While a warmup is on the way for the British Isles, it will be accompanied with heavy rain and high winds and preceded by more snow.
The weather pattern is beginning to change over western Europe to one that favors more seasonable temperatures, but there are some bumps along the way. Temperatures will soon return to near- to above-normal levels before January comes to a close.
First, a storm will swing in from the Atlantic with just enough cold air to work with to bring snow spanning late Friday into Friday night.
The greatest amount of snow will fall over the northern interior higher elevations of Great Britain, where between 3 and 6 inches (8 and 15 cm) of snow is forecast.
However, a mixture of snow and rain is in store for many coastal areas, including London, where a small, slushy accumulation is possible.
Last Friday, Jan. 18., much of the U.K. was hit with heavy snow. Up to a foot of snow fell, with a couple of inches falling around London. Additional snow fell last weekend. People walk along a snow-covered embankment at Putney Bridge, in London, Sunday, Jan. 20, 2013. (AP Photo/Sang Tan)
Following the snow and wintry mix, a milder ocean air mass will begin to flow across the region, but storms will continue.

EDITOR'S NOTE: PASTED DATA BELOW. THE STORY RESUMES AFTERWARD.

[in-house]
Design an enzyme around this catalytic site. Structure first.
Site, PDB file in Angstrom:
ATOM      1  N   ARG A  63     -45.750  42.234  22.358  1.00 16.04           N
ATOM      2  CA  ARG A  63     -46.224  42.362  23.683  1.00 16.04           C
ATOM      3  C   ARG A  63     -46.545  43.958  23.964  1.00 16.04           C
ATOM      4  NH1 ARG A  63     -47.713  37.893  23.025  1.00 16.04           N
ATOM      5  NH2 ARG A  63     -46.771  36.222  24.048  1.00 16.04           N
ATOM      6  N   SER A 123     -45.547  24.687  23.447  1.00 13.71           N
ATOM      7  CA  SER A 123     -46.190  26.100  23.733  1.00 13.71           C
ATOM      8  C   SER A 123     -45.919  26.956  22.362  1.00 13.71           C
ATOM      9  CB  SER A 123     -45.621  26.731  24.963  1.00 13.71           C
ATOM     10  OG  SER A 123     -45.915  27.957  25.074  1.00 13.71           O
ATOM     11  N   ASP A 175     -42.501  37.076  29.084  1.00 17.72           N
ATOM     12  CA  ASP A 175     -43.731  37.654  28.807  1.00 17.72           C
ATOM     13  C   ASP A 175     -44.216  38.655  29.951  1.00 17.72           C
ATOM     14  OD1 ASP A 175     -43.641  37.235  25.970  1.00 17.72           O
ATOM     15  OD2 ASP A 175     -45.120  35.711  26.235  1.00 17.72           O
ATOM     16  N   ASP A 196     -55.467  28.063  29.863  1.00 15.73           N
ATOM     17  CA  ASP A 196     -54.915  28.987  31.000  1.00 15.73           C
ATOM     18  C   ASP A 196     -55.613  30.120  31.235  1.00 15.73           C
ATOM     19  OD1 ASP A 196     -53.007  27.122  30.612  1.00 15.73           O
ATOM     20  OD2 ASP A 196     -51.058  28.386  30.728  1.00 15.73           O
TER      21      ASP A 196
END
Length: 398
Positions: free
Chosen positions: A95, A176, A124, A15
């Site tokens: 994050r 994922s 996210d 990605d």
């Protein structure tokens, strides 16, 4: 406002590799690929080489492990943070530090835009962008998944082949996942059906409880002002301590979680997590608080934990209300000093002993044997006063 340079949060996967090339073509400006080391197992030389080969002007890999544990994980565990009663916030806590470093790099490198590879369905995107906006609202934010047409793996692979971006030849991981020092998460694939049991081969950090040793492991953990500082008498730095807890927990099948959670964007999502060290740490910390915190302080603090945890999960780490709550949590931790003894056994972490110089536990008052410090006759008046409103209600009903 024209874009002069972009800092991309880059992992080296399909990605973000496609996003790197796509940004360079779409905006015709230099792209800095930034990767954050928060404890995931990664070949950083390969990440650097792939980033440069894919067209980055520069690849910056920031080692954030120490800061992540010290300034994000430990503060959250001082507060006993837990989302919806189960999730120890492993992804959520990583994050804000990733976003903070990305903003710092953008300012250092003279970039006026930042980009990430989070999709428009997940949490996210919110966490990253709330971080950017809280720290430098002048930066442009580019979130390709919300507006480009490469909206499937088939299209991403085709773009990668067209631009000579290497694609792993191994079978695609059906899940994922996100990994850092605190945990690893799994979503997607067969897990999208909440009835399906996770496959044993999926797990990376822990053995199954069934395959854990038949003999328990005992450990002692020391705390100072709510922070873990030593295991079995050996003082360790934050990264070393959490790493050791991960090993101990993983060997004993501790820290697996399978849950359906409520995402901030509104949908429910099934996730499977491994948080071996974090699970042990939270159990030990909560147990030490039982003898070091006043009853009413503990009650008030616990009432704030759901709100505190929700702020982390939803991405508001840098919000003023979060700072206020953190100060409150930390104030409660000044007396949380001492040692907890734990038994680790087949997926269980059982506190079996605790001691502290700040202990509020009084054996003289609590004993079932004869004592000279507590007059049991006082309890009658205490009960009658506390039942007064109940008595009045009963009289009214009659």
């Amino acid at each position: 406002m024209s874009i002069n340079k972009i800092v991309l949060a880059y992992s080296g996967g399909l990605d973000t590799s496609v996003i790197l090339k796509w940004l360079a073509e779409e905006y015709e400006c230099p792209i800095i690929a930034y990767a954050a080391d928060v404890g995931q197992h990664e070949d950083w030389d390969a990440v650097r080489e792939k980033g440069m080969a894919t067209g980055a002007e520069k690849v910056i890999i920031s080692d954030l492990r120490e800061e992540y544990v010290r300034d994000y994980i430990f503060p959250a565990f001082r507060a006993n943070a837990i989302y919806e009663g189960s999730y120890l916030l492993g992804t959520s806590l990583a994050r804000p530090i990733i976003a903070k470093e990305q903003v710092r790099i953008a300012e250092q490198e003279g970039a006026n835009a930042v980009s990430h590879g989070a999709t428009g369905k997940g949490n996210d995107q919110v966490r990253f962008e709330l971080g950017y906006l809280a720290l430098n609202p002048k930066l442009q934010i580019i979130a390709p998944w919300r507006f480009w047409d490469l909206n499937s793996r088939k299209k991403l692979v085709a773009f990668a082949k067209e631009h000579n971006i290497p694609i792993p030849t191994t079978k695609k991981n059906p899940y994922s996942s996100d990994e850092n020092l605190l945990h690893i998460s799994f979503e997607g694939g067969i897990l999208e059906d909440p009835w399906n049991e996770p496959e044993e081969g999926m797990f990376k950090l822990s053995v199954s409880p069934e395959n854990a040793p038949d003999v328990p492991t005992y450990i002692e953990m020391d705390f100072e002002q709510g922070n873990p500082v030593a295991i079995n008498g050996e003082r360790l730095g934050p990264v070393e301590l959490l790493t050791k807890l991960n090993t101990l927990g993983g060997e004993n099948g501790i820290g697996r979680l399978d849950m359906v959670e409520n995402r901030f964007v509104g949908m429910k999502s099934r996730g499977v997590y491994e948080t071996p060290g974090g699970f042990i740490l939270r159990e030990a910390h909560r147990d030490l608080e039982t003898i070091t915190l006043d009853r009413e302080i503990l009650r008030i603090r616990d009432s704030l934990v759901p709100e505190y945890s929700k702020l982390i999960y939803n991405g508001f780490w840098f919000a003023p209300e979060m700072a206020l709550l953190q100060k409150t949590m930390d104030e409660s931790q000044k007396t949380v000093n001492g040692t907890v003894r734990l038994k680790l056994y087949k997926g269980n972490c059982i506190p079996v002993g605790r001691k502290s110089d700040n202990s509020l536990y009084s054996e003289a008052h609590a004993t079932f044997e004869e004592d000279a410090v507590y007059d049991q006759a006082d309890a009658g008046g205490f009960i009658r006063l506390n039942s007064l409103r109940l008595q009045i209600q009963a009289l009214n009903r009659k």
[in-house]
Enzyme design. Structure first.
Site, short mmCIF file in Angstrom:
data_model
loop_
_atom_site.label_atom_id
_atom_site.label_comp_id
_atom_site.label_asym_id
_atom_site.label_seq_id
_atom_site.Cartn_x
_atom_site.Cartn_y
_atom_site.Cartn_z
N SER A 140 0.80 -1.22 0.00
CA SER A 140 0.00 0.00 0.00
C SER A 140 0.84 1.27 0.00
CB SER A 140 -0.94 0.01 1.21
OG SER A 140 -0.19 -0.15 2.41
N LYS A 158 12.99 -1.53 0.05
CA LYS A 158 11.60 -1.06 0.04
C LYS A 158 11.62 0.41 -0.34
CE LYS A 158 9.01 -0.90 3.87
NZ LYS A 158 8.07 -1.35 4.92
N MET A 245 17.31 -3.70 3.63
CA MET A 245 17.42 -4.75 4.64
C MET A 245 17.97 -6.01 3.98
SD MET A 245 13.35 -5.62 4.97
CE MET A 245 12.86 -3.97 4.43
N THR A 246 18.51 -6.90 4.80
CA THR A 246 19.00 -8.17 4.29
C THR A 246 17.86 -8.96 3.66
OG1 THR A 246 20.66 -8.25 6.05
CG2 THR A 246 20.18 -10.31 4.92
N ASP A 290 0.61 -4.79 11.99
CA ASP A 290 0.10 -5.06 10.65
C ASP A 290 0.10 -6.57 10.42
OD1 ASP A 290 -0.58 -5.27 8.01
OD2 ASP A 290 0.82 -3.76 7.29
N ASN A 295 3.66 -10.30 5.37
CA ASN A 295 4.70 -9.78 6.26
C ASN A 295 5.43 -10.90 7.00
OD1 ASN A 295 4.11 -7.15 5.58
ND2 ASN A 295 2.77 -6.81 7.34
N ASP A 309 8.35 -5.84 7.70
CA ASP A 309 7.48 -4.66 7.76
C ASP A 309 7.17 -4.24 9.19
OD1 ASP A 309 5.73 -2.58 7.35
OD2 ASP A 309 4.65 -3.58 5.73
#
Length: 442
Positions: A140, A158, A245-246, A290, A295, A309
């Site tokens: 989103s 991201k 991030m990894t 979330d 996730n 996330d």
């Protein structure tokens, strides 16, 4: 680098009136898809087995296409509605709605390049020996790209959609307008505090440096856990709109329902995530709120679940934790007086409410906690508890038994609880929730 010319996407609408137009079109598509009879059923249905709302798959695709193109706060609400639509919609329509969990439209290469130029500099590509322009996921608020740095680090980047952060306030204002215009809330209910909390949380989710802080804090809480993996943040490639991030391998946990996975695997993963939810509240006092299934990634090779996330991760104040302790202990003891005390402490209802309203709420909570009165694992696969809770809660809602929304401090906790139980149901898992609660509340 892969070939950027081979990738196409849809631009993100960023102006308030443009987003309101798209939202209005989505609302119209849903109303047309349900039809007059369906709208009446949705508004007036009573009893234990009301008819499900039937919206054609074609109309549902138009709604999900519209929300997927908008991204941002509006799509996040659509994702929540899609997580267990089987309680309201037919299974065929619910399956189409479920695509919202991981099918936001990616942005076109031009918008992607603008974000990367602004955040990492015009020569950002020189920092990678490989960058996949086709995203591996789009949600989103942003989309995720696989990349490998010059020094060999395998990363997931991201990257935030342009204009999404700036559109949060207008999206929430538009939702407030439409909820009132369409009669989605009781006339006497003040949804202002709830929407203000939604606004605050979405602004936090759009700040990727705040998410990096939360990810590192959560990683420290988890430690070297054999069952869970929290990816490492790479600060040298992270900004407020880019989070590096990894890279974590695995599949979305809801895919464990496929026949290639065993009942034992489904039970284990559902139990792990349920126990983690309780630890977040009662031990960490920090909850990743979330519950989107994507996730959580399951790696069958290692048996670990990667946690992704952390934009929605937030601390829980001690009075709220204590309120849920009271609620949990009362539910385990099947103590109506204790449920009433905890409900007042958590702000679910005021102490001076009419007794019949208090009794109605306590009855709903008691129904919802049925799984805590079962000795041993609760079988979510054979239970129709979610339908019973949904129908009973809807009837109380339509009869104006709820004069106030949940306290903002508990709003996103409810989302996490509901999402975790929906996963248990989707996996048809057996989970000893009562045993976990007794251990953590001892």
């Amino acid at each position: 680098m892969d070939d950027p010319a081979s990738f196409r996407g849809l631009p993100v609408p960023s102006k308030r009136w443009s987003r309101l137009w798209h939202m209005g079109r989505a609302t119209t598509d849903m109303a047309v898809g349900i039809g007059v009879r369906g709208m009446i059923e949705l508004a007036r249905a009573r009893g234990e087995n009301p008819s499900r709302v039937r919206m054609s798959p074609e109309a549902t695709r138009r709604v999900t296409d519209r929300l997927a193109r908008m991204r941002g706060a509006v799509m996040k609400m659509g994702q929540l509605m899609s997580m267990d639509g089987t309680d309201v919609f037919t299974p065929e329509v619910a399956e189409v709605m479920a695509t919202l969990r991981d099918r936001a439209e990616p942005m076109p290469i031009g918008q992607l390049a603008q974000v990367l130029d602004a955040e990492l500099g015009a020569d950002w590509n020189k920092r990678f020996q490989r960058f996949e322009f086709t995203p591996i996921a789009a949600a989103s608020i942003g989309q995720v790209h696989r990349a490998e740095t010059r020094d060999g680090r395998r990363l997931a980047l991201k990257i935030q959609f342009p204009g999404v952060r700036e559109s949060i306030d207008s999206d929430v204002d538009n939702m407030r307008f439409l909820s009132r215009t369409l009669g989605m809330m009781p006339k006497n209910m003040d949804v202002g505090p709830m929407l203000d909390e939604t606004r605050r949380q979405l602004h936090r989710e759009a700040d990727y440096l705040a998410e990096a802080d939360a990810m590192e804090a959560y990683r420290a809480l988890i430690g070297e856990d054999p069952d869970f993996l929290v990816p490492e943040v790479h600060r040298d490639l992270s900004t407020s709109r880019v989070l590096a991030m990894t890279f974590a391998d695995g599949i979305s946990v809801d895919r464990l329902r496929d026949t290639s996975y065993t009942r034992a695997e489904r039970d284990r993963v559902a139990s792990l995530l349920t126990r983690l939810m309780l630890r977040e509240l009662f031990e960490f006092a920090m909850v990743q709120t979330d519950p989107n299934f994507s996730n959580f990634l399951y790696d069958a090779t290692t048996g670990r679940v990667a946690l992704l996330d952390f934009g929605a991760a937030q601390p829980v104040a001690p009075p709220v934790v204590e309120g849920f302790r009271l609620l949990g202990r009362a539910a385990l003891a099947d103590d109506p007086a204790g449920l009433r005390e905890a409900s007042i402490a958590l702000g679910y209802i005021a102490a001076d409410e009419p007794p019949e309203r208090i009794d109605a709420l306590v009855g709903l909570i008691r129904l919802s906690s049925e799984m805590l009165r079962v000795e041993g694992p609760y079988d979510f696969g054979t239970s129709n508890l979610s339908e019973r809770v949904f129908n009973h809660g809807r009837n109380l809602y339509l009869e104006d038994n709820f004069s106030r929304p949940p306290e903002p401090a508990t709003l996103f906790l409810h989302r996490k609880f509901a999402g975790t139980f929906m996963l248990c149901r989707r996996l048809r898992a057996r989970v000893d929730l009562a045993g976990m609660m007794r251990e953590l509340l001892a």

The first in a series of milder storms will spread rainfall across Ireland on Saturday, reaching Wales and southwest England by the end of the day. The combination of rainfall and snowmelt can lead to some flooding problems across the interior of England.
Gusty winds will accompany this storm with the strongest winds likely across Ireland, Wales and southwest England where gale-force winds are possible, especially near the coastline.
Gusty winds will continue across Ireland and the United Kingdom on Sunday, but rainfall will be limited to some showers at and near west-facing coasts.
The second in the series of storms will target the region on Monday with outbreaks of rain expected in Ireland, Wales, northern England and western Scotland. Lighter rainfall will reach London by the end of the day.
The winds associated with the second storm will be even stronger than the first, reaching gale force from Ireland into Wales and England. The strongest winds will again likely impact coastal regions, but damaging winds will also be possible in the London area.
The potential exists for winds to down trees and power lines, leading to widespread power outages. Winds and waves along west- and southwest-facing coastlines will likely lead to coastal flooding problems.
Damaging winds will target areas from Ireland into coastal Scotland on Tuesday; however, it will remain windy across the rest of the United Kingdom.
Meteorologist Eric Leister contributed to this story
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Nation devastated by terrible floods -- 400 people killed.
O'Fallon, MD (1990)
Strong downburst from a thunderstorm caused an apartment to collapse, injuring 25 people.
New England Coast (1898)
Famous "Portland" storm formed off Cape Cod with loss of 200 lives. Many others were lost to the raging sea in 50 small vessels. A total of 27 inches of snow in New London, CT; 15 inches at Waterbury, CT. Peak wind was 72 mph in Boston. Boston received more than a foot of snow.